Smoking increases the risk of developing colon cancer in both males and females, however, the risk is higher among women smokers, according to a new study.

The research was conducted by a team of experts from the University of Tromsø in Norway and was published in Cancer Epidemiology, Biomarkers & Prevention.

The experts also found that the more and longer a woman smoked, the greater her risk for colon cancer.

Inger Torhild Gram, M.D., Ph.D., professor in the Department of Community Medicine at the University of Tromsø in Norway, said:

“Globally, during the last 50 years, the number of new colon cancer cases per year has exploded for both men and women. Our study is the first that shows women who smoke less than men still get more colon cancer.”

The study involved a large Norweigan cohort of over 600,000 males and females. Gram and her colleagues looked at the link between cigarette smoking and colon cancer, by examining the tumor location.

The volunteers from four surveys established by the National Health Screening Service of the Norwegian Institute of Public Health underwent a short health exam and filled out questionnaires regarding smoking habits, exercise, and other lifestyle factors.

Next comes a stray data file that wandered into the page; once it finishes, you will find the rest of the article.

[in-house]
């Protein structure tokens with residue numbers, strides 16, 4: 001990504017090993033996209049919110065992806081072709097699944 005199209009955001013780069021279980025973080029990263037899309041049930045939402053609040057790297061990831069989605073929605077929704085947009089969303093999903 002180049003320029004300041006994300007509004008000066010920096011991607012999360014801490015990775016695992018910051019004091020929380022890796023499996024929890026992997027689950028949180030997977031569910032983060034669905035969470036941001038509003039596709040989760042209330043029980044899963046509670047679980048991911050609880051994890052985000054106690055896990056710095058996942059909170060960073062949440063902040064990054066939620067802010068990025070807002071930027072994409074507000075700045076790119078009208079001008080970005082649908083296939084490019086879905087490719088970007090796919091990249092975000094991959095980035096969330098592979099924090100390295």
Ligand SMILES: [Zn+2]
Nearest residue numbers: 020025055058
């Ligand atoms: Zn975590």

The subjects were followed by linkage to the Central Population Register and the Cancer Registry of Norway. About 4,000 new colon cancer cases were diagnosed during an average 14 years of follow-up.

Women smokers had a 19% elevated risk compared with those who never smoked, while men smokers had an 8% higher risk compared to non-smokers.

The results also showed that women who began smoking when they were 16 years or younger and women who had smoked for 40 years or longer had a considerably elevated likelihood – of about 50%.

Additionally, the dose-response link between the number of cigarettes smoked each day, number of years smoked, and the number of pack-years smoked and colon cancer risk was stronger for females than it was for males, the authors pointed out.

Gram concluded:

“The finding that women who smoke even a moderate number of cigarettes daily have an increased risk for colon cancer will account for a substantial number of new cases because colon cancer is such a common disease.

A causal relationship between smoking and colorectal cancer has recently been established by the International Agency for Research on Cancer of the World Health Organization, but unfortunately, this is not yet common knowledge, neither among health personnel nor the public.”

A previous report showed that not smoking, exercising more, and cutting down on red meat and alcohol can reduce a person’s risk of colon cancer.

Written by Sarah Glynn